A Starring Role for Efratia Gitai, Amos Gitai’s Mother
Israeli filmmaker Amos Gitai, who turned 60 this year, has been investigating his roots. Last year a Tel Aviv Museum exhibit honored his father, Bauhaus-trained architect Munio Weinraub.
Gitai’s 2009 film Carmel featured French actress Jeanne Moreau (star of a recent Gitai staging of a play inspired by Josephus’s “Jewish War”) reading authentic letters written by Efratia Gitai, the filmmaker’s late mother, about life in early Israel. On October 29, Jeanne Moreau read more of these letters onstage at Paris’s Théâtre de l’Odéon. Two weeks before, Les éditions Gallimard published “Efratia Gitai: Correspondence 1929-1994” edited by Gitai’s wife Rivka, illustrated by family photos which are rich in drama and narrative power, resembling film stills. Efratia writes:
If life is just a stage and a play, it’s good to perform as well as possible, alongside talented actors!
Small wonder Gitai became a filmmaker.
Efratia’s parents were married by Rav Kook in Jaffa. When Efratia, born in 1909, studied at Tel Aviv’s Herzliya Hebrew Gymnasium, diplomas were personally handed out by poet Hayim Nahman Bialik, and the school doctor was poet Shaul Tchernichovsky. In 1932, Efratia wrote a letter to politician Haim Arlozoroff offering him “thousands and thousands of kisses, if you so desire.” Three years later she married the architect Weinraub and settled in Haifa, which did not prevent some extra-marital peccadilloes (she sends one 1940s suitor poems by Bialik, Natan Alterman, and Yaakov Fishman).
This new Gallimard volume is a labor of love, not a professional editing project, as we realize when we find on page 129 the information that in 1940, “Théodore Roosevelt” was reelected President. Still, it transmits the dangers settlers faced (one child is born in 1940 on a kibbutz, to avoid Italian bombing raids on Haifa, while the war’s end in 1945 hardly gives time for celebration, given the looming war with Arab neighbors and carnage in Europe). A free spirit, Efratia dashes off to London in 1960, leaving ten-year-old Amos back on a kibbutz. Her letters are scant consolation for the boy:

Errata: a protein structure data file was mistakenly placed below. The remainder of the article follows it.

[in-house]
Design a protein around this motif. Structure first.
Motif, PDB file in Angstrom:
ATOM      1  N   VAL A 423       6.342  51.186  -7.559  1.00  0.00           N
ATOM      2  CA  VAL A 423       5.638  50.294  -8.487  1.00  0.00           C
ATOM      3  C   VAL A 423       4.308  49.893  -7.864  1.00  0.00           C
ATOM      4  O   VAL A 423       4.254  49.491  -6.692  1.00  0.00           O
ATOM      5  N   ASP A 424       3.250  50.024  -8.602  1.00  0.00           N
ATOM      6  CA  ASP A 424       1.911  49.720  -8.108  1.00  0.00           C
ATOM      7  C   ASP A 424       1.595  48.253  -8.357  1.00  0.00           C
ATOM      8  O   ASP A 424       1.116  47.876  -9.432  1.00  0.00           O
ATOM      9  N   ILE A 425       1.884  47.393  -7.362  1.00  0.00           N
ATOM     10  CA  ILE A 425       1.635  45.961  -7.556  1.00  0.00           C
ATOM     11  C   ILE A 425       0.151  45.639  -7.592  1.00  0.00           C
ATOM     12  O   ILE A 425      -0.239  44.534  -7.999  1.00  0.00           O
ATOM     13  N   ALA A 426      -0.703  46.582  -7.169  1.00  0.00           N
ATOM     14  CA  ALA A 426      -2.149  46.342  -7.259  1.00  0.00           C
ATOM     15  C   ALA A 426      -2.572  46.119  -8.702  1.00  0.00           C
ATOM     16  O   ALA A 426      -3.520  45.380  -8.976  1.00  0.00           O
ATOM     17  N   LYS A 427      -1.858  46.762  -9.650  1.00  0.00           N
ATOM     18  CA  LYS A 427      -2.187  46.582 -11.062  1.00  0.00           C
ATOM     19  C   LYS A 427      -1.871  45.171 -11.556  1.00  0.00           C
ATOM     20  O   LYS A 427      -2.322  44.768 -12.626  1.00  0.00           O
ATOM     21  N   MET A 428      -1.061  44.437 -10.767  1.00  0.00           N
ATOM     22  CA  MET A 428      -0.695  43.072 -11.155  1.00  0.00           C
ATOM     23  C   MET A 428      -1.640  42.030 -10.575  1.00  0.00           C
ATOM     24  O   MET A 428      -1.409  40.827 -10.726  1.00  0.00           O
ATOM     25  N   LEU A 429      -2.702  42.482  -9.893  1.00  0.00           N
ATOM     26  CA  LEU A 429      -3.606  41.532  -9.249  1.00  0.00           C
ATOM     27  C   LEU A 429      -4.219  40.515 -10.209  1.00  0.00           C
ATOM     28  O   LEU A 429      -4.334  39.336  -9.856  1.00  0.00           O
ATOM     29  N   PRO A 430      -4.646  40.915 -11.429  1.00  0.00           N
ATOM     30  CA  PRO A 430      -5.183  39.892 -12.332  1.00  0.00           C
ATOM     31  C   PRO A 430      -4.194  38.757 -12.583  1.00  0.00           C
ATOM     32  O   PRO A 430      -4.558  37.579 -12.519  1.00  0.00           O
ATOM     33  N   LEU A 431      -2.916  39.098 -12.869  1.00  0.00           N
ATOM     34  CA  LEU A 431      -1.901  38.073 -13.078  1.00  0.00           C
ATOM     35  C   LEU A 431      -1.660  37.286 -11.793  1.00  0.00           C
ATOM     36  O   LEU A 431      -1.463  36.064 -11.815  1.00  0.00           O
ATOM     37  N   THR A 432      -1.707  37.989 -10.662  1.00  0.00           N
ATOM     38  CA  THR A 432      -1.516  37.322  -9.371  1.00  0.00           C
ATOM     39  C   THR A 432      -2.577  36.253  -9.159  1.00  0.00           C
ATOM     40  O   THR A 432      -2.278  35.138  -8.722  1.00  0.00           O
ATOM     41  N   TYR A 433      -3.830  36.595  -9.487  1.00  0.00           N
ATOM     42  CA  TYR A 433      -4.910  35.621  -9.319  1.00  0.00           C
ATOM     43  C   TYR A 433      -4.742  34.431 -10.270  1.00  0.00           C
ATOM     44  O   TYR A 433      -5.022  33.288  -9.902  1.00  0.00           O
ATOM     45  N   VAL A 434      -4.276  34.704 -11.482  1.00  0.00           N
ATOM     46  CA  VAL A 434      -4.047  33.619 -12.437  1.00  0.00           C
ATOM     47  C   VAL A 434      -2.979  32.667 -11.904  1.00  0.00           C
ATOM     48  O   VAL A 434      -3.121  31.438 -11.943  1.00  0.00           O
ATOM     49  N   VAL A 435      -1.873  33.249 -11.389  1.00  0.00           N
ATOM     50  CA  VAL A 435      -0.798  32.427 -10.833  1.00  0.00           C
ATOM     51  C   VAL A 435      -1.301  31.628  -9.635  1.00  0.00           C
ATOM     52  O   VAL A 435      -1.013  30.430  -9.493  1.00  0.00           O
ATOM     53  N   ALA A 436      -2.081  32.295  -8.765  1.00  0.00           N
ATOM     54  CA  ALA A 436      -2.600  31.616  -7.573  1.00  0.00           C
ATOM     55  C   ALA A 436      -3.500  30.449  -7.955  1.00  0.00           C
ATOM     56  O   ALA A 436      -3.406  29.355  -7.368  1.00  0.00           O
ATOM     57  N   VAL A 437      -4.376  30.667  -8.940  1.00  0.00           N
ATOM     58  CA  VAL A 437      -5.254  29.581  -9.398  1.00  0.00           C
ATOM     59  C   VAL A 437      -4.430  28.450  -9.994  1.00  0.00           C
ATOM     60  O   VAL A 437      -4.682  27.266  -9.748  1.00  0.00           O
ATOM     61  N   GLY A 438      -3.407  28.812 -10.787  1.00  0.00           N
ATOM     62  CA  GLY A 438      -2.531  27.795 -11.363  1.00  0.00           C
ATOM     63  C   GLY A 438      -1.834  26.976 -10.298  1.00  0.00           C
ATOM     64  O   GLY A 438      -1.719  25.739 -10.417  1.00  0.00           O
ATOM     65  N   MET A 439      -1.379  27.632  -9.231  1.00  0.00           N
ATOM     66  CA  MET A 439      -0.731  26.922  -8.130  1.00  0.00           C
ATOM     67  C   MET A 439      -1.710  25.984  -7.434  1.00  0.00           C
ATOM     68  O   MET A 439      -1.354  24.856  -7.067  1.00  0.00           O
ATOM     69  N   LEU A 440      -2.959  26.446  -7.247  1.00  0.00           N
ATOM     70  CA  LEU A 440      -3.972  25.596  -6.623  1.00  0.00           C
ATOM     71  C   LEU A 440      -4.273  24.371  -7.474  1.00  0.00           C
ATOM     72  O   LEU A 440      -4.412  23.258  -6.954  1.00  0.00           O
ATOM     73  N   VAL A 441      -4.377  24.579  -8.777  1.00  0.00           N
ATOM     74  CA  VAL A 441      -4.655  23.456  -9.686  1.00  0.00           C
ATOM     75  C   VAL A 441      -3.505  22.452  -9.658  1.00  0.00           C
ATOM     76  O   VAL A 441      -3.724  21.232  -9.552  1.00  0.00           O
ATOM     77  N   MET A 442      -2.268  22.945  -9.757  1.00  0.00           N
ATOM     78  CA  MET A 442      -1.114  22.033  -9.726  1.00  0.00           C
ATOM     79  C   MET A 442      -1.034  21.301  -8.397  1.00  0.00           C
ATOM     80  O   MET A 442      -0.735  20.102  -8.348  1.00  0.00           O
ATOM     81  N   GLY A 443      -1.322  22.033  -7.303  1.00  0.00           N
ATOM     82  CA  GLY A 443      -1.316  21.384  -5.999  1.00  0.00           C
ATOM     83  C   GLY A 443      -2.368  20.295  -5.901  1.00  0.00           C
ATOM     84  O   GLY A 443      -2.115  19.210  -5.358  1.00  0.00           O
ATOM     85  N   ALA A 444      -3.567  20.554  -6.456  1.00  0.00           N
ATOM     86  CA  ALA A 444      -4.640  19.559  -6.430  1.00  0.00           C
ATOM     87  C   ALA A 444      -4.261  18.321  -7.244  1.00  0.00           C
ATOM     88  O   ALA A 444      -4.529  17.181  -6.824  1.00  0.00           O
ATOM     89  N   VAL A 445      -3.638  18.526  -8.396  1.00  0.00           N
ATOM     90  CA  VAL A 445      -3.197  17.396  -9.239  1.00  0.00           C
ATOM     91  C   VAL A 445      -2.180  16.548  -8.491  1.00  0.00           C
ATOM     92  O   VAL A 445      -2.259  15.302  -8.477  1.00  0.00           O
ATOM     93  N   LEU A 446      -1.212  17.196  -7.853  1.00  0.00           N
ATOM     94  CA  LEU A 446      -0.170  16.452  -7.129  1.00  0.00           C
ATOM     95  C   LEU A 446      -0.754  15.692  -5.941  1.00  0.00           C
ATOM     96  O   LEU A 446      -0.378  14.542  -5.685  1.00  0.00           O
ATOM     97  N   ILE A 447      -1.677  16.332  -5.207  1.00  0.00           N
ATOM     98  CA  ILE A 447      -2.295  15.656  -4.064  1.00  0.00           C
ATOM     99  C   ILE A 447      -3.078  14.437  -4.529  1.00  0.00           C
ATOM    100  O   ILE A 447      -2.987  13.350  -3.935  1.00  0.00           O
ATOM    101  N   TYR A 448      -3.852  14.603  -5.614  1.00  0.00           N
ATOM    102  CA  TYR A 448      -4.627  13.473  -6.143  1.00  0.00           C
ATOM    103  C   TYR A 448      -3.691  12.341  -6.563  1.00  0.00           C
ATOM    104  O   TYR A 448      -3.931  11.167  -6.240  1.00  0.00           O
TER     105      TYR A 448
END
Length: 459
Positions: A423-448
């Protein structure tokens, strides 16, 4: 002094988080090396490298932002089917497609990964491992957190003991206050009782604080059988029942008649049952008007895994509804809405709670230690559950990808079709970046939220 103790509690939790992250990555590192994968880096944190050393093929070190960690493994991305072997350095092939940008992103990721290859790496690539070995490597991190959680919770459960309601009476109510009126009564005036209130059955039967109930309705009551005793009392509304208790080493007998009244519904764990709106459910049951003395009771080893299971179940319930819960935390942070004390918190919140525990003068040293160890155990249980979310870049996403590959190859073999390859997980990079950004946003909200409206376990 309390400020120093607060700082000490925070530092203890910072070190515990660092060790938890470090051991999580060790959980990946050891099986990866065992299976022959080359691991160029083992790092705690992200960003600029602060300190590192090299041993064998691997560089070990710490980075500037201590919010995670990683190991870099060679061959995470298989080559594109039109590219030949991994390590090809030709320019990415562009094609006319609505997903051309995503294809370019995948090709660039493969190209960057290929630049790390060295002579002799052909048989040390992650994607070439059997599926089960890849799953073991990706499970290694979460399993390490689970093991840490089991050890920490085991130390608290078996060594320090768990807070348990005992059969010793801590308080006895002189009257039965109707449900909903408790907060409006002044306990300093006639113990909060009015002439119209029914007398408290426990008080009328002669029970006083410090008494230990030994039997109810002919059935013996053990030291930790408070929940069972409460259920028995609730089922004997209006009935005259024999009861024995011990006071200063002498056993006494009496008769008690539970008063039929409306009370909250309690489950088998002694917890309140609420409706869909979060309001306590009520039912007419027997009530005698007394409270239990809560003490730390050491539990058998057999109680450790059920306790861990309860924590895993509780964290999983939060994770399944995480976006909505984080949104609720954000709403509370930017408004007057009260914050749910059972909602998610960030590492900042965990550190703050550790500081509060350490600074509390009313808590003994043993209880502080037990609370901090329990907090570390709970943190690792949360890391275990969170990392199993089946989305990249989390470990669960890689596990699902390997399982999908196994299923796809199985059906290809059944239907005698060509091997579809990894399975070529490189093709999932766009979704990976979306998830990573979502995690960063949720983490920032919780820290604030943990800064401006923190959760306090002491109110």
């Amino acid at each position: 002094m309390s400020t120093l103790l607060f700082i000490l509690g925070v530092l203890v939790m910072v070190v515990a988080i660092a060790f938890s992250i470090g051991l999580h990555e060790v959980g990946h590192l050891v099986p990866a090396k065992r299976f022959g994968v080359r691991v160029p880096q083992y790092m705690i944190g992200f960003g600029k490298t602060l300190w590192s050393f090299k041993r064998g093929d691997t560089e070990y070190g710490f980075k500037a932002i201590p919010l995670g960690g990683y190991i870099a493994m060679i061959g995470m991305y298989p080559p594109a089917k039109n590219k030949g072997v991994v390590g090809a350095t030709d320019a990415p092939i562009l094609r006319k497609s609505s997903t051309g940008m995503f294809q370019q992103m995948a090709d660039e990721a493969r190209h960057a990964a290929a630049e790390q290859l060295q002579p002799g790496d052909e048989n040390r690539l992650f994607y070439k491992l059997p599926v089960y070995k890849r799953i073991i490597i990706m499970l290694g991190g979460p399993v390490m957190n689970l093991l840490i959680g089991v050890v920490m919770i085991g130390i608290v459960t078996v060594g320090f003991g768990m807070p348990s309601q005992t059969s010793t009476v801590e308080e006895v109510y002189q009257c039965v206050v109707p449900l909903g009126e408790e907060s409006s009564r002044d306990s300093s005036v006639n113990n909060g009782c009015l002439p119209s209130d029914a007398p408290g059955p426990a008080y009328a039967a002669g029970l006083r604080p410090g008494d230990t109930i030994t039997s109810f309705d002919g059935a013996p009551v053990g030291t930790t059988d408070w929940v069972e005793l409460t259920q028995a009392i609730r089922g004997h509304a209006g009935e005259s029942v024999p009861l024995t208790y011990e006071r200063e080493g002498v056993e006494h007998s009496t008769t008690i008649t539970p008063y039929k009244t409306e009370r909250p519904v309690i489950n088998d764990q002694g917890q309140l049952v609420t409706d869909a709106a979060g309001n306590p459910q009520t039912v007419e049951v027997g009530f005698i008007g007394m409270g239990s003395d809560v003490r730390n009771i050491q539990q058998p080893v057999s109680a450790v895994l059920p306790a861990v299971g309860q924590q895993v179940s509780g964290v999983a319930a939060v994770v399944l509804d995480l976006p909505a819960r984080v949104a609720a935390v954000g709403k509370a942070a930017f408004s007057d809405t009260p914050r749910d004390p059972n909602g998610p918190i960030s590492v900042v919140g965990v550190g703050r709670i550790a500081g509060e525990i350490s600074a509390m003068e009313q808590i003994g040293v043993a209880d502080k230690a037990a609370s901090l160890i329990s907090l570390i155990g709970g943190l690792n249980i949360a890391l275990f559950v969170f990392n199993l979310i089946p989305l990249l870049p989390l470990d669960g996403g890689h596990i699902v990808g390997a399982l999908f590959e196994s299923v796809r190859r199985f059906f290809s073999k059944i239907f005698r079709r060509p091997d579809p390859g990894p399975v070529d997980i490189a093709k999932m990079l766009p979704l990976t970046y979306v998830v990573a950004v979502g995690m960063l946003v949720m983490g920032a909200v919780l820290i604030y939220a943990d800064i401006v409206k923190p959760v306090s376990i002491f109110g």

[British] women are badly dressed, utterly tasteless, but they have lots of energy.
Yet Amos grew up to be the creative spirit the world knows, with some of his mother’s freewheeling sense of adventure. In 1967, soon after the Six Day War, Amos writes to her from London, reporting that hitchhiking in the UK is “very easy” if you display an Israeli flag; how times have changed.
Watch Amos Gitai at a film conference in Lyons, France, last year.
Watch a trailer for Gitai’s 2008 One Day You’ll Understand, starring Jeanne Moreau.